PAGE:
Wiltshire special schools closure plan on hold

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Parents and campaigners outside cabinet meeting
Image caption,
Parents and campaigners were due to launch a high court challenge against the proposed closures

Plans to shut three special needs schools and replace them with a new £20m school have been put on hold.

The move by Wiltshire Council follows months of criticism and campaigning by parents and MPs.

The council will reconsider its options before making a final decision in the summer, also taking into account families' feedback.

Parents were due to take the authority to the high court on the grounds its consultation process was flawed.

The council said it would extend its consultation to ensure all views were heard.

'Invest locally'

Campaigner Melissa Loveday, whose son goes to St Nicholas School in Chippenham, has welcomed the decision.

She said: "There were fundamental flaws in the consultation process but hopefully they've listened to our concerns - so we're hoping to work with them from here on out.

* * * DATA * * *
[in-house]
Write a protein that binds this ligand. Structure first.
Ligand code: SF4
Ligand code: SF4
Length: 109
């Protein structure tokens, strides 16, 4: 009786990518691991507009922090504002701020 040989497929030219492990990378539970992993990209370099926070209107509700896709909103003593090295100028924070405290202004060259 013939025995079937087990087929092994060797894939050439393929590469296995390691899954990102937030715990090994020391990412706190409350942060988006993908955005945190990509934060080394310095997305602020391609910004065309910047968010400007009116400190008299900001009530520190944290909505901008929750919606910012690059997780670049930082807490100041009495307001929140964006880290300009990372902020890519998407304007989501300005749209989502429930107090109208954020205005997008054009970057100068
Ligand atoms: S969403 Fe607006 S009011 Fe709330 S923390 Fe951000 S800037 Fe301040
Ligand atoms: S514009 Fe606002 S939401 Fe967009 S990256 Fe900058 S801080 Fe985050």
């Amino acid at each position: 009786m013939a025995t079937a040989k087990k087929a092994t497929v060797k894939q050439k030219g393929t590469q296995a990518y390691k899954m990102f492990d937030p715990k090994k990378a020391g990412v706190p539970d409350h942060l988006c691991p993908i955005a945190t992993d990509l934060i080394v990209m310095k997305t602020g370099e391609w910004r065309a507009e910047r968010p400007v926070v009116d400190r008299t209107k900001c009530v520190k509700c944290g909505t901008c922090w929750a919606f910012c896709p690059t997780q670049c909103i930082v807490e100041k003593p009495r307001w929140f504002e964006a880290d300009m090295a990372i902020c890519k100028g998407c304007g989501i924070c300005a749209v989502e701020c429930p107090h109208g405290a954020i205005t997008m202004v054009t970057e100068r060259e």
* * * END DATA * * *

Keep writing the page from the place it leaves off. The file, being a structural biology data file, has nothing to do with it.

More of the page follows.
"It's lovely to hear that they want to invest £20m but we think it would be wiser to invest it locally and improve our current schools."

The council's corporate director for children and education Terence Herbert said: "Schools in the north of the county are full and there will need to be an additional 220 spaces by 2023.

"We want to work with families and staff to find a solution that both meets the need for additional places, improves outcomes for children and young people with special needs and disabilities who are educated in our mainstream, as well as special schools."

South West Wiltshire MP Conservative Andrew Murrison tweeted it was great news.

He wrote: "I'm so pleased the council has been listening. Let's hope there'll now be a thorough rethink on how to use the very welcome funding announced by Wiltshire Council to achieve the best result possible for vulnerable young people."

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